A whole issue of the journal Biodiversity and Conservation looks at how cocoa production landscapes can contribute to biodiversity conservation. There are several papers on specific case studies and also an overview. Most of the discussion is — predictably — about what cacao cultivation can do for biodiversity, but, what about the other way around? The overview does suggest that
it is important to understand trade-offs between productivity and conservation and the economic costs of conservation friendly practices to land users so that more effective policies can be designed… Quantifying the benefits (both short and long-term) of biodiversity within agroforestry landscapes to farm productivity, for example via pest and disease control … requires attention.
What are these biodiversity-friendly practices? Here’s a few ideas, again from the overview:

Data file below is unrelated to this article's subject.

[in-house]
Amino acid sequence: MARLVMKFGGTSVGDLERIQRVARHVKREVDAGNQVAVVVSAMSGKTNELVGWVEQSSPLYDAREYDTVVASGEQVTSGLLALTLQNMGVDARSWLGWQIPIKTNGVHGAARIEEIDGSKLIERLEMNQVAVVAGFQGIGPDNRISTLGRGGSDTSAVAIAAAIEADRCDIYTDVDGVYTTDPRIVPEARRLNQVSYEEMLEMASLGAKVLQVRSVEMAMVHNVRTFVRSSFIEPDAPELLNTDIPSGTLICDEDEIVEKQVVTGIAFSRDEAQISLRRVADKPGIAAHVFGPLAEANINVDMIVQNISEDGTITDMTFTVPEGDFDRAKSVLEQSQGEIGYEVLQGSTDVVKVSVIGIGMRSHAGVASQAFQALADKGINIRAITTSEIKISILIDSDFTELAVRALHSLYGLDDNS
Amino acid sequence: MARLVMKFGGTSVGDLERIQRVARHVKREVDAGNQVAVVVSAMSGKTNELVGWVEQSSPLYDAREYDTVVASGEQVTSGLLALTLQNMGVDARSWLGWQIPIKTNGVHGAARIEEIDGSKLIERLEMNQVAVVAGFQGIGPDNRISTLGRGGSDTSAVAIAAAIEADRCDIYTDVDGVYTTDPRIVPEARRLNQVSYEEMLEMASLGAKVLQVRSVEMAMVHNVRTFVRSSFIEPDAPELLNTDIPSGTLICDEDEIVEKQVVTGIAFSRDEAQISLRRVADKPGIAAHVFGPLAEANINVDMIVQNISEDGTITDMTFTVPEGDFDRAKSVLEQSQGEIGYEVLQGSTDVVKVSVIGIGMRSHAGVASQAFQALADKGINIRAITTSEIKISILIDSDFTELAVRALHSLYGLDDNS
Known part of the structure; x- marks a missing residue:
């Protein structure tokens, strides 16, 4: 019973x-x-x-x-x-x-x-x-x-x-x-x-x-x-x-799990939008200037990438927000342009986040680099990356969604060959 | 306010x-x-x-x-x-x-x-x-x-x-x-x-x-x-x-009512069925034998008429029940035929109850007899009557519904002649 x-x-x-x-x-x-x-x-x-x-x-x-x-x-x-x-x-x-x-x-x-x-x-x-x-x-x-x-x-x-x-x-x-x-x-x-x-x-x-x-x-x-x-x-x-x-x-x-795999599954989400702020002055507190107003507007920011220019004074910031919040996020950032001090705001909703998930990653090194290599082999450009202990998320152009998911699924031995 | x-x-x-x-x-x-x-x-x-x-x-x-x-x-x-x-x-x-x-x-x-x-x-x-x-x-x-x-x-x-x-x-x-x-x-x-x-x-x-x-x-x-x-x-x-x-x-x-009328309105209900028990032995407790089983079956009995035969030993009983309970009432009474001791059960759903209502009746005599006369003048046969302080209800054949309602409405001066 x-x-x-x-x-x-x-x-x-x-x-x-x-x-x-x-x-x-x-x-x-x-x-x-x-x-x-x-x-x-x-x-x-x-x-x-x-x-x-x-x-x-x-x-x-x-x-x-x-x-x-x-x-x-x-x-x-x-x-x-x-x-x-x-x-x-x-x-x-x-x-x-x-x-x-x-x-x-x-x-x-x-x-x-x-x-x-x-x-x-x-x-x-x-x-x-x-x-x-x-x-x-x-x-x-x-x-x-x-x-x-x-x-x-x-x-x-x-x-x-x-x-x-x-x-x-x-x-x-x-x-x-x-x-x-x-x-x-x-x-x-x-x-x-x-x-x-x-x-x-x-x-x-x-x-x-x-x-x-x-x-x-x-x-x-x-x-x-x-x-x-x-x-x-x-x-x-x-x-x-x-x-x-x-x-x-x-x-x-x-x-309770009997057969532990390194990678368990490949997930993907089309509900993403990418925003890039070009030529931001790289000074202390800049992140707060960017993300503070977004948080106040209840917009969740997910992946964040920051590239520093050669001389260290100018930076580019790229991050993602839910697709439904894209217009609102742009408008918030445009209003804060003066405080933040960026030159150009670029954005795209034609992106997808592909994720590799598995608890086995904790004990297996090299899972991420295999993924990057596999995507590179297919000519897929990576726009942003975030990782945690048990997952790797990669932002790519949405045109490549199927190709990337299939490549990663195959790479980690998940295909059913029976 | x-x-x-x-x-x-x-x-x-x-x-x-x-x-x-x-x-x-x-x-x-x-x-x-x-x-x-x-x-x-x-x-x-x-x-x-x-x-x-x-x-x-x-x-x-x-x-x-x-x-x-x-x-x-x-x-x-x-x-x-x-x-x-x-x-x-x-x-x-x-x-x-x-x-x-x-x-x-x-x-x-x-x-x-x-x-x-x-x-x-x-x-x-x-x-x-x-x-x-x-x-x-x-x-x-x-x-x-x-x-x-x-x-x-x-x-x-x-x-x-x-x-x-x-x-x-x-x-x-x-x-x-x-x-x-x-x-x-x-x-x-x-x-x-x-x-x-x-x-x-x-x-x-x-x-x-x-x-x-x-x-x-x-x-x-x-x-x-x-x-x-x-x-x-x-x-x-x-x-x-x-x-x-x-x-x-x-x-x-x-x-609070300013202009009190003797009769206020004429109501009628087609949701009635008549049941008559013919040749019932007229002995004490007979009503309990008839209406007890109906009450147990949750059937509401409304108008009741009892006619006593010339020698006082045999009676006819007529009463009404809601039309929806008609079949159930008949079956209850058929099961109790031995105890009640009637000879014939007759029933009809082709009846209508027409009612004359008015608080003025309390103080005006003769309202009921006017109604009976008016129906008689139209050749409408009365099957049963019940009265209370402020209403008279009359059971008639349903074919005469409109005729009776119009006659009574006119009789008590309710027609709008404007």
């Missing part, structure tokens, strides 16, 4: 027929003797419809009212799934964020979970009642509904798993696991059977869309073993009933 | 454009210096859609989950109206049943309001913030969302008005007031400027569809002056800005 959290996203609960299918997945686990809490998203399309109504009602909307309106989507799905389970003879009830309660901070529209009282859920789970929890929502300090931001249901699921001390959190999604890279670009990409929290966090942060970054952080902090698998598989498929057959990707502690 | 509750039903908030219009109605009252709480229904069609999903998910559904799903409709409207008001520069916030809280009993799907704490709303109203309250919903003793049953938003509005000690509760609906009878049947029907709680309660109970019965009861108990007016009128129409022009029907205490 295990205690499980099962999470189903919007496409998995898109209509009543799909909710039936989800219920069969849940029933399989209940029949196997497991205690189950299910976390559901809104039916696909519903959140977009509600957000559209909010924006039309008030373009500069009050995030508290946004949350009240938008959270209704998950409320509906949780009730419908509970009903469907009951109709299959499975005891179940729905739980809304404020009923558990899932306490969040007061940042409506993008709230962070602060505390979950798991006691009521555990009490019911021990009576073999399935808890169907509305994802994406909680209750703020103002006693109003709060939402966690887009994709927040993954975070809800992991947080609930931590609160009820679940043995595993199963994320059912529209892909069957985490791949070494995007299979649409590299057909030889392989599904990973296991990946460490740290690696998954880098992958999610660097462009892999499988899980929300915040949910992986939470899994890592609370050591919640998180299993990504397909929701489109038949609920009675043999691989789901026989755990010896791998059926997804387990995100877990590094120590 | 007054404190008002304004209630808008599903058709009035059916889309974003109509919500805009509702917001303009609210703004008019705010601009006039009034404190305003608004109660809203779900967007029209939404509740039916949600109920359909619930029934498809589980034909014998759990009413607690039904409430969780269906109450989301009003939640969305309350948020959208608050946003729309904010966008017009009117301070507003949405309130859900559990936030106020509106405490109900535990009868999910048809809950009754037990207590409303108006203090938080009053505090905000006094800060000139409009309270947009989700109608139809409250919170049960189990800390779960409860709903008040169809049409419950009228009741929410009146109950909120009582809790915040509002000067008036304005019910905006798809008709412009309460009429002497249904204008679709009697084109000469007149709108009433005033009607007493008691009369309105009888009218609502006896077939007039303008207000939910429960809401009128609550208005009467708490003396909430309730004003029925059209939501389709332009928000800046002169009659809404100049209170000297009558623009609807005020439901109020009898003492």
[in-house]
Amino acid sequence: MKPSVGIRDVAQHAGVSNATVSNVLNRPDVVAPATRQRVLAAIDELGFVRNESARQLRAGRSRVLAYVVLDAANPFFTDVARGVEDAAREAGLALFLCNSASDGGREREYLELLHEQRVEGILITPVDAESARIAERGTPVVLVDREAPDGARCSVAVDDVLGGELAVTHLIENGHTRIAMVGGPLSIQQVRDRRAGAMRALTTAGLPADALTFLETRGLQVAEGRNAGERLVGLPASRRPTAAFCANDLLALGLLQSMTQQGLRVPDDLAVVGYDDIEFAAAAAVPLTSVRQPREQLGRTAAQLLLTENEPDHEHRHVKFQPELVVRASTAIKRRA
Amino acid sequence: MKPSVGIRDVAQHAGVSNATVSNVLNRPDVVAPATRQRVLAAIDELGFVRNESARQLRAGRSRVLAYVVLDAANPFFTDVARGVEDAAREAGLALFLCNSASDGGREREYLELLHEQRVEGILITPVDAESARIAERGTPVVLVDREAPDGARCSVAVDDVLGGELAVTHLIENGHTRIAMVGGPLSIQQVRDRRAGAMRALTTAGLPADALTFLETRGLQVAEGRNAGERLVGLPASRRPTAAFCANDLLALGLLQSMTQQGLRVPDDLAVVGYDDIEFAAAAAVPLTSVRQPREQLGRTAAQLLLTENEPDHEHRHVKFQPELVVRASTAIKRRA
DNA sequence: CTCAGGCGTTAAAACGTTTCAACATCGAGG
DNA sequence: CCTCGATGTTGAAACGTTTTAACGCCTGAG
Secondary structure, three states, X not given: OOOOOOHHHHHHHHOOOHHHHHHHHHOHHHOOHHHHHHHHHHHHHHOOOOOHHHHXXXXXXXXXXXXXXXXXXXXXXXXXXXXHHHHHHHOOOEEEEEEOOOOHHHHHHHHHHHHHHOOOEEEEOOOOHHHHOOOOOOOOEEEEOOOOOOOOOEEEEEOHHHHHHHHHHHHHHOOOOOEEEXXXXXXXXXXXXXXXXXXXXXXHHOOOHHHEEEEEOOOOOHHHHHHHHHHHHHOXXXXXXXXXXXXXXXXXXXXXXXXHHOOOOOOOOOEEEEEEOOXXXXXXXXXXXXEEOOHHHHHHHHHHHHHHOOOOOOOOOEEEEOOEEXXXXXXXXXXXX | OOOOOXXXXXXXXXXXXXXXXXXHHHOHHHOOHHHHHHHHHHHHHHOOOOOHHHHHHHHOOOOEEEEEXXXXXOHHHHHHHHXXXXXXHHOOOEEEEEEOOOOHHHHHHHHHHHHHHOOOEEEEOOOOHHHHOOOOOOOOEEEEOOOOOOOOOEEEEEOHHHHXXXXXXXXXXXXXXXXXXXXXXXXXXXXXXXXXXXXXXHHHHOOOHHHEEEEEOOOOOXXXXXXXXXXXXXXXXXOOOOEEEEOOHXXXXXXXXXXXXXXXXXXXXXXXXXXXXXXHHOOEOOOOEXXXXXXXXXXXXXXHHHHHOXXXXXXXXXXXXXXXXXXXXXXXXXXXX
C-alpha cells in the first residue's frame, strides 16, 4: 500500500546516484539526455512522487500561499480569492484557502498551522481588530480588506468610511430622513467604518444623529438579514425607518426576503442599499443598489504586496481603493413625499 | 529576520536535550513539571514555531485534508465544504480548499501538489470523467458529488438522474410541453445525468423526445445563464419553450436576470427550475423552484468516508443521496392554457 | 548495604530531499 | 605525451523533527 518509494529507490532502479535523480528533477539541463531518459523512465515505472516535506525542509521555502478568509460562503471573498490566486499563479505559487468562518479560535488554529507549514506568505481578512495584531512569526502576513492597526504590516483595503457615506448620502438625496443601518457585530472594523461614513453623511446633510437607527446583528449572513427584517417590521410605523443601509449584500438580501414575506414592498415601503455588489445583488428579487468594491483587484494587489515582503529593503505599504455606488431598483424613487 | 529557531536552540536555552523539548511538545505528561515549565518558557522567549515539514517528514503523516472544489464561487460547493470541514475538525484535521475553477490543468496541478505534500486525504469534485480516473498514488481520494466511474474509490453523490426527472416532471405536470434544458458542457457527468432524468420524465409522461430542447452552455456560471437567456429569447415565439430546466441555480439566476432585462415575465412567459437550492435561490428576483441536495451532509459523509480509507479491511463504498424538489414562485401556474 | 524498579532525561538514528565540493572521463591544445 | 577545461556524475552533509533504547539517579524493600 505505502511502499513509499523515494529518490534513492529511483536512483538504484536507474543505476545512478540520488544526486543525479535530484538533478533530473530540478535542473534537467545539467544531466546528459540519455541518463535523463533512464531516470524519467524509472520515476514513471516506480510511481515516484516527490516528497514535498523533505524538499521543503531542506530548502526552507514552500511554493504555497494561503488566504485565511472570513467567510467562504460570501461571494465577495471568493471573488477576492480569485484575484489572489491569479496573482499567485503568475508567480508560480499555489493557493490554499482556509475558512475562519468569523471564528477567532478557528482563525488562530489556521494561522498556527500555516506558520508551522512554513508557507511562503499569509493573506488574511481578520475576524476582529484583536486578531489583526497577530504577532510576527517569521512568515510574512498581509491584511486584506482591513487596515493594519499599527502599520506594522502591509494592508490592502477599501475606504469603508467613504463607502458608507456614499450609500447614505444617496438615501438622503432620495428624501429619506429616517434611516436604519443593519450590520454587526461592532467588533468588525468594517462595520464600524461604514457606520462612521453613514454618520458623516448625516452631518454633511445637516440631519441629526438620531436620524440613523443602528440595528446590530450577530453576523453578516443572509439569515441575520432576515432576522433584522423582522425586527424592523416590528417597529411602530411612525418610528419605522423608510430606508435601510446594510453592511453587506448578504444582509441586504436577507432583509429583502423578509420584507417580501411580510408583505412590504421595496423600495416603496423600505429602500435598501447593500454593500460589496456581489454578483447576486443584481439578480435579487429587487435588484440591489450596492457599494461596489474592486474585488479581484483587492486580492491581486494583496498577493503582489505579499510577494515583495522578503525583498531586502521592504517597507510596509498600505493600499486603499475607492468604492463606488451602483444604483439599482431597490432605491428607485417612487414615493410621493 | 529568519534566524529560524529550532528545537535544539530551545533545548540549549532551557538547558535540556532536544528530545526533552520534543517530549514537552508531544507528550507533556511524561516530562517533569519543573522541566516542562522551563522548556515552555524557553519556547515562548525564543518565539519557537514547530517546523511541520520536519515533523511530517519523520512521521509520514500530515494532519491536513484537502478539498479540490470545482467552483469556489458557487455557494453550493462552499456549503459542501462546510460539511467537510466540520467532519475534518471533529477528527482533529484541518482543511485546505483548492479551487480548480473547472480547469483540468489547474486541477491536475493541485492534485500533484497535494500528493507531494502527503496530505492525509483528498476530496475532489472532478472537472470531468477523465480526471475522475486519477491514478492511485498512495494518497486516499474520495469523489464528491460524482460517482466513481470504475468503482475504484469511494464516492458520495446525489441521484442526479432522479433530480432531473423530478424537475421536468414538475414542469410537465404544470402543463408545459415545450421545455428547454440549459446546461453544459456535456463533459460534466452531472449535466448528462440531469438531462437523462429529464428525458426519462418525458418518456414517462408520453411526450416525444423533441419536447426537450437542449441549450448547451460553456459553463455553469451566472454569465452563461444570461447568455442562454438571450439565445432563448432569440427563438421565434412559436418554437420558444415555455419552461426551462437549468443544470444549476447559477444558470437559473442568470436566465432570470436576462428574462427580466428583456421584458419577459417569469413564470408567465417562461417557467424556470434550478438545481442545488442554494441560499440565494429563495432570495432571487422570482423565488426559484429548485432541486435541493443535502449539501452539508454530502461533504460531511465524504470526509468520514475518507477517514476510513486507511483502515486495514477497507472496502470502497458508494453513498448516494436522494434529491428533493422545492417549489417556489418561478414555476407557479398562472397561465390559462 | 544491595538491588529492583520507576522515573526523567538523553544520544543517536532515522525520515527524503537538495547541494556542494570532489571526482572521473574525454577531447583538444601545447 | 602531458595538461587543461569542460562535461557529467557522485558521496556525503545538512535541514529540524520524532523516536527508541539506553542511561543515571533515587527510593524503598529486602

- eco-friendly certification
- research and extension to increase productivity while maintaining diverse tree canopies
- development of markets for non-cocoa products
- payment for environmental services
As far as certification is concerned, the Fair Tracing Project may suggest solutions:
The Fair Tracing project believes that attaching tracing technology to Fair Trade products sourced in developing countries will enhance the value of such goods to consumers in the developed world seeking to make ethical purchasing choices.
I’ve just come across this project, and I don’t know much about it. A piece on its web site — basically a blog — about the ICT being used to trace fair trade coffee in Haiti did point me to a rather interesting example of a corporation trying to bridge the digital divide.